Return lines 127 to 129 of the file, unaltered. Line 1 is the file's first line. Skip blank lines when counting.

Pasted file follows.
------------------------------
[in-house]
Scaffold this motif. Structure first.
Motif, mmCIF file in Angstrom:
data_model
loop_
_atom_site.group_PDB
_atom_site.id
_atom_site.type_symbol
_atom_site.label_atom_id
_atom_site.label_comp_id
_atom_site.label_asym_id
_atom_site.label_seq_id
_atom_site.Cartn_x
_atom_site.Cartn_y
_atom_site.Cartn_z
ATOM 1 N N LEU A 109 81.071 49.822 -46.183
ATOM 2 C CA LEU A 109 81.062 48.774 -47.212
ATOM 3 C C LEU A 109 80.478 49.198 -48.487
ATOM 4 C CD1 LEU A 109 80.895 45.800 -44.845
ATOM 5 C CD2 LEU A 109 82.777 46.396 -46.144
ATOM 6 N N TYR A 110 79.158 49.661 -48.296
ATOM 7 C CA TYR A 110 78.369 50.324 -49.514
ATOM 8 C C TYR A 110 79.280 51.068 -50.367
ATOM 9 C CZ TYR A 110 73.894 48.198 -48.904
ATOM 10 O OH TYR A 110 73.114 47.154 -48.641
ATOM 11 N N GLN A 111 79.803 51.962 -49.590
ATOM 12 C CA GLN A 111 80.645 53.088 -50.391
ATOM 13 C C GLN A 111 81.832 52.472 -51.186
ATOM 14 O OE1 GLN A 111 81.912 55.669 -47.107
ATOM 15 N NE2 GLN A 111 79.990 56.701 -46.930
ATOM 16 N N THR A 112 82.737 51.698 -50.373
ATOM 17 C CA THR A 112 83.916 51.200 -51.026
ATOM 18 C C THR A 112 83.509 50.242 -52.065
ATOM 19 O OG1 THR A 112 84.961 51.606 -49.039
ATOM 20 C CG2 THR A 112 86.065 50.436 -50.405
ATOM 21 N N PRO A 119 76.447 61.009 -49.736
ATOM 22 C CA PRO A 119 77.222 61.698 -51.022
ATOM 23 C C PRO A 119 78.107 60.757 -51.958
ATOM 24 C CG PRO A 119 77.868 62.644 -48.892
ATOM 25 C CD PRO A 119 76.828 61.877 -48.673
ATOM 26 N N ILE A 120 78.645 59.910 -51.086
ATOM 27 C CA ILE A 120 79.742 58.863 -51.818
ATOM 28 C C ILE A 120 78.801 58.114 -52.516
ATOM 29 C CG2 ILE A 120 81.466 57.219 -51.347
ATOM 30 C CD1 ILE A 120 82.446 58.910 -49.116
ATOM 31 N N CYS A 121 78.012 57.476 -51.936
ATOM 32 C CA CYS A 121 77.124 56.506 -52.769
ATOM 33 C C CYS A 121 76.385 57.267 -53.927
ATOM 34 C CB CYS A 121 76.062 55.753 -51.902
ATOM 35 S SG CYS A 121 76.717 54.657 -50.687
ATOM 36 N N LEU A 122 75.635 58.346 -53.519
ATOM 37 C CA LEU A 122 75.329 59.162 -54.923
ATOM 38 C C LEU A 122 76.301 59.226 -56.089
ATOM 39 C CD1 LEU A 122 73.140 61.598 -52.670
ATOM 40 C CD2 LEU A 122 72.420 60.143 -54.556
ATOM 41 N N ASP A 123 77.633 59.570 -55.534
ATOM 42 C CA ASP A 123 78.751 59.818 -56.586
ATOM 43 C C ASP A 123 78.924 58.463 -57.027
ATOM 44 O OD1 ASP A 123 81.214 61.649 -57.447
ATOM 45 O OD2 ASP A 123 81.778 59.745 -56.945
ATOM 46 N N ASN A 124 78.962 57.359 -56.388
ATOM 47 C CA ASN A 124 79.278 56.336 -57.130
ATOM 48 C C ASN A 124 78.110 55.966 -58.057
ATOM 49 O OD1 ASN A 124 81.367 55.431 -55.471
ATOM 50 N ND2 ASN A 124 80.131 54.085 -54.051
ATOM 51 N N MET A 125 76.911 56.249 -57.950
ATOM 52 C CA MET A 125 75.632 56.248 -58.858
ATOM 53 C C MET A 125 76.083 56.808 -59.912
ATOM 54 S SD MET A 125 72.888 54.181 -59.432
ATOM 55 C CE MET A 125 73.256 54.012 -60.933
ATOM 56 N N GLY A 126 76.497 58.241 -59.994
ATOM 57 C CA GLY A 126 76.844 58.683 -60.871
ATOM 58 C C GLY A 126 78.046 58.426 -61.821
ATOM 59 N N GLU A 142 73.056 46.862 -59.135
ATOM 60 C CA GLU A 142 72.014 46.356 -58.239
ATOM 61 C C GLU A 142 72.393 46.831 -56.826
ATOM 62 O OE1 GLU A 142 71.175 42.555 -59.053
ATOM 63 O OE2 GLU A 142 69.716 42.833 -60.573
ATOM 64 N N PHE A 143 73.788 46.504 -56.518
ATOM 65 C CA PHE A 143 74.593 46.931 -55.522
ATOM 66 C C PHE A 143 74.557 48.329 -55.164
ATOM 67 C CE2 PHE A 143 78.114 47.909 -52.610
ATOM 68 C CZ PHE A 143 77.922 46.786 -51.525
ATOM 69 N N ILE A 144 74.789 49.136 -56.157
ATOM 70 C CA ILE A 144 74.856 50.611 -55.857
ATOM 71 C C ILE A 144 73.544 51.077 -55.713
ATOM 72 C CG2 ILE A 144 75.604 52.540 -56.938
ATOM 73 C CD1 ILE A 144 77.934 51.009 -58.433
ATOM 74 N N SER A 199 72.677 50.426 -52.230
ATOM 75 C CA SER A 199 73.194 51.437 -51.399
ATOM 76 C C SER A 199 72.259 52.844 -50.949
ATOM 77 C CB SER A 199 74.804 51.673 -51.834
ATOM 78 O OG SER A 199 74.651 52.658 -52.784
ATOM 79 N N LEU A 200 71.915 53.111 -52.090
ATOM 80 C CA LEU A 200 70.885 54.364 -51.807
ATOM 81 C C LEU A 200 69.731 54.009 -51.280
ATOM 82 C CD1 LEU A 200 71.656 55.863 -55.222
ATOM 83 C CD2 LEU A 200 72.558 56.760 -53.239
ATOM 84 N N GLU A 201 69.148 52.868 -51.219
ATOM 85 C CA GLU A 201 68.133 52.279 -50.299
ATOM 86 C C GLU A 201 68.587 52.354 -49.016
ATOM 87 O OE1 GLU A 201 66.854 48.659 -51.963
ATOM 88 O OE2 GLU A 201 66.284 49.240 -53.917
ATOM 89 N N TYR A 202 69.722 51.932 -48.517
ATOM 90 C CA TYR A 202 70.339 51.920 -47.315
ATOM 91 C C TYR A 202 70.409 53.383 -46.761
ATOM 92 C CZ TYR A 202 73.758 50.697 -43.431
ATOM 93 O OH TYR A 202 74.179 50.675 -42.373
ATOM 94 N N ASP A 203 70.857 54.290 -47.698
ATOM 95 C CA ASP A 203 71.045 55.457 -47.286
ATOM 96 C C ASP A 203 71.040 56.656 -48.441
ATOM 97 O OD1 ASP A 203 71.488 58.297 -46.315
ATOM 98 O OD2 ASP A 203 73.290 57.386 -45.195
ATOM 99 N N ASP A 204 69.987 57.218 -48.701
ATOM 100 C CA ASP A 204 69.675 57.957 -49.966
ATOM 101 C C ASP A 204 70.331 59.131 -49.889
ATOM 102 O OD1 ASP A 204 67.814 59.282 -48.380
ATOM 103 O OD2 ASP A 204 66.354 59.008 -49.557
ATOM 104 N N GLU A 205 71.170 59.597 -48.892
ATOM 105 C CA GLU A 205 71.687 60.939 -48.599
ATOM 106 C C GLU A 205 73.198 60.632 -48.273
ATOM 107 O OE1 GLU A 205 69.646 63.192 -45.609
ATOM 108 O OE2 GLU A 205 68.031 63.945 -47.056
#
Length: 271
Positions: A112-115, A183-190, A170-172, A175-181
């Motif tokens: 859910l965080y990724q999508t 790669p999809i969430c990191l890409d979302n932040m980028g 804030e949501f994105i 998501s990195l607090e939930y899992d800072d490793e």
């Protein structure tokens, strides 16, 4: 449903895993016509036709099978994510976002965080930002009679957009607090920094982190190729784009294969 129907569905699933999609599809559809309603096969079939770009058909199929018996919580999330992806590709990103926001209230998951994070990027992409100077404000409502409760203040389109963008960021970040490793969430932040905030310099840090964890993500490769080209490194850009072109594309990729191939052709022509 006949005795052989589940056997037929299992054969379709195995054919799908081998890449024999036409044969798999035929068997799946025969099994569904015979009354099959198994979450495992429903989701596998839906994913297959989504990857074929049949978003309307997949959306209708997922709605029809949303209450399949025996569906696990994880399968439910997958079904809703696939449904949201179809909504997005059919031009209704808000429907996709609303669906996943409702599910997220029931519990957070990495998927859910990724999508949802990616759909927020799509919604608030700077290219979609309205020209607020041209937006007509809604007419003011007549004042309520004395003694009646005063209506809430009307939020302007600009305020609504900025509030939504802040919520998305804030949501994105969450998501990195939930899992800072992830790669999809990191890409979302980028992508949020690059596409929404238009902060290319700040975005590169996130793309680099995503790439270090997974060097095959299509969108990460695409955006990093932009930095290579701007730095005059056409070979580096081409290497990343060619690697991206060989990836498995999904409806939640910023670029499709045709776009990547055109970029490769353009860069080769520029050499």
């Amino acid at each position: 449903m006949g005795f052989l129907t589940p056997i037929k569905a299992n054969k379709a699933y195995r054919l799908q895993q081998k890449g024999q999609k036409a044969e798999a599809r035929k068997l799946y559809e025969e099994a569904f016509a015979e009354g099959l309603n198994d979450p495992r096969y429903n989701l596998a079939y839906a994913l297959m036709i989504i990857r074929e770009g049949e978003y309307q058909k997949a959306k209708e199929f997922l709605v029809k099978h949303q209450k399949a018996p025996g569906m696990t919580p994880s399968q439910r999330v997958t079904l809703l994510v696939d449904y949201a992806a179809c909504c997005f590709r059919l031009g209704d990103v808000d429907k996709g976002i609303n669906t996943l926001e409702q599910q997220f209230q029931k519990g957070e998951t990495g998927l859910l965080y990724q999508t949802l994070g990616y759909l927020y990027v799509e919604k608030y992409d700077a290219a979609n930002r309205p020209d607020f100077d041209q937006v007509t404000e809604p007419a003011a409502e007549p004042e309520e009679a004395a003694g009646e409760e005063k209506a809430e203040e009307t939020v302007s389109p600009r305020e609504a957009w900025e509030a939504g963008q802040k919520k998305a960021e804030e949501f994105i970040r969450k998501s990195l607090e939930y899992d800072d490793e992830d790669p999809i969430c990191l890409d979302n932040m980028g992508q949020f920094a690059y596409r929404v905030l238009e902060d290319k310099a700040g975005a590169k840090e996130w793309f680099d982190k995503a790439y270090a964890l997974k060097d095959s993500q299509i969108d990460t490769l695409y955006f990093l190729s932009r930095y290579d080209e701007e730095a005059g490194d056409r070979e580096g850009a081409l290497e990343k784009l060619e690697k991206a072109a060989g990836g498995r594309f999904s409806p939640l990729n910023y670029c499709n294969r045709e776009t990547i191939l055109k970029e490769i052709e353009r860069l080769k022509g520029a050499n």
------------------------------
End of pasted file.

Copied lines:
């Motif tokens: 859910l965080y990724q999508t 790669p999809i969430c990191l890409d979302n932040m980028g 804030e949501f994105i 998501s990195l607090e939930y899992d800072d490793e």
């Protein structure tokens, strides 16, 4: 449903895993016509036709099978994510976002965080930002009679957009607090920094982190190729784009294969 129907569905699933999609599809559809309603096969079939770009058909199929018996919580999330992806590709990103926001209230998951994070990027992409100077404000409502409760203040389109963008960021970040490793969430932040905030310099840090964890993500490769080209490194850009072109594309990729191939052709022509 006949005795052989589940056997037929299992054969379709195995054919799908081998890449024999036409044969798999035929068997799946025969099994569904015979009354099959198994979450495992429903989701596998839906994913297959989504990857074929049949978003309307997949959306209708997922709605029809949303209450399949025996569906696990994880399968439910997958079904809703696939449904949201179809909504997005059919031009209704808000429907996709609303669906996943409702599910997220029931519990957070990495998927859910990724999508949802990616759909927020799509919604608030700077290219979609309205020209607020041209937006007509809604007419003011007549004042309520004395003694009646005063209506809430009307939020302007600009305020609504900025509030939504802040919520998305804030949501994105969450998501990195939930899992800072992830790669999809990191890409979302980028992508949020690059596409929404238009902060290319700040975005590169996130793309680099995503790439270090997974060097095959299509969108990460695409955006990093932009930095290579701007730095005059056409070979580096081409290497990343060619690697991206060989990836498995999904409806939640910023670029499709045709776009990547055109970029490769353009860069080769520029050499």
């Amino acid at each position: 449903m006949g005795f052989l129907t589940p056997i037929k569905a299992n054969k379709a699933y195995r054919l799908q895993q081998k890449g024999q999609k036409a044969e798999a599809r035929k068997l799946y559809e025969e099994a569904f016509a015979e009354g099959l309603n198994d979450p495992r096969y429903n989701l596998a079939y839906a994913l297959m036709i989504i990857r074929e770009g049949e978003y309307q058909k997949a959306k209708e199929f997922l709605v029809k099978h949303q209450k399949a018996p025996g569906m696990t919580p994880s399968q439910r999330v997958t079904l809703l994510v696939d449904y949201a992806a179809c909504c997005f590709r059919l031009g209704d990103v808000d429907k996709g976002i609303n669906t996943l926001e409702q599910q997220f209230q029931k519990g957070e998951t990495g998927l859910l965080y990724q999508t949802l994070g990616y759909l927020y990027v799509e919604k608030y992409d700077a290219a979609n930002r309205p020209d607020f100077d041209q937006v007509t404000e809604p007419a003011a409502e007549p004042e309520e009679a004395a003694g009646e409760e005063k209506a809430e203040e009307t939020v302007s389109p600009r305020e609504a957009w900025e509030a939504g963008q802040k919520k998305a960021e804030e949501f994105i970040r969450k998501s990195l607090e939930y899992d800072d490793e992830d790669p999809i969430c990191l890409d979302n932040m980028g992508q949020f920094a690059y596409r929404v905030l238009e902060d290319k310099a700040g975005a590169k840090e996130w793309f680099d982190k995503a790439y270090a964890l997974k060097d095959s993500q299509i969108d990460t490769l695409y955006f990093l190729s932009r930095y290579d080209e701007e730095a005059g490194d056409r070979e580096g850009a081409l290497e990343k784009l060619e690697k991206a072109a060989g990836g498995r594309f999904s409806p939640l990729n910023y670029c499709n294969r045709e776009t990547i191939l055109k970029e490769i052709e353009r860069l080769k022509g520029a050499n």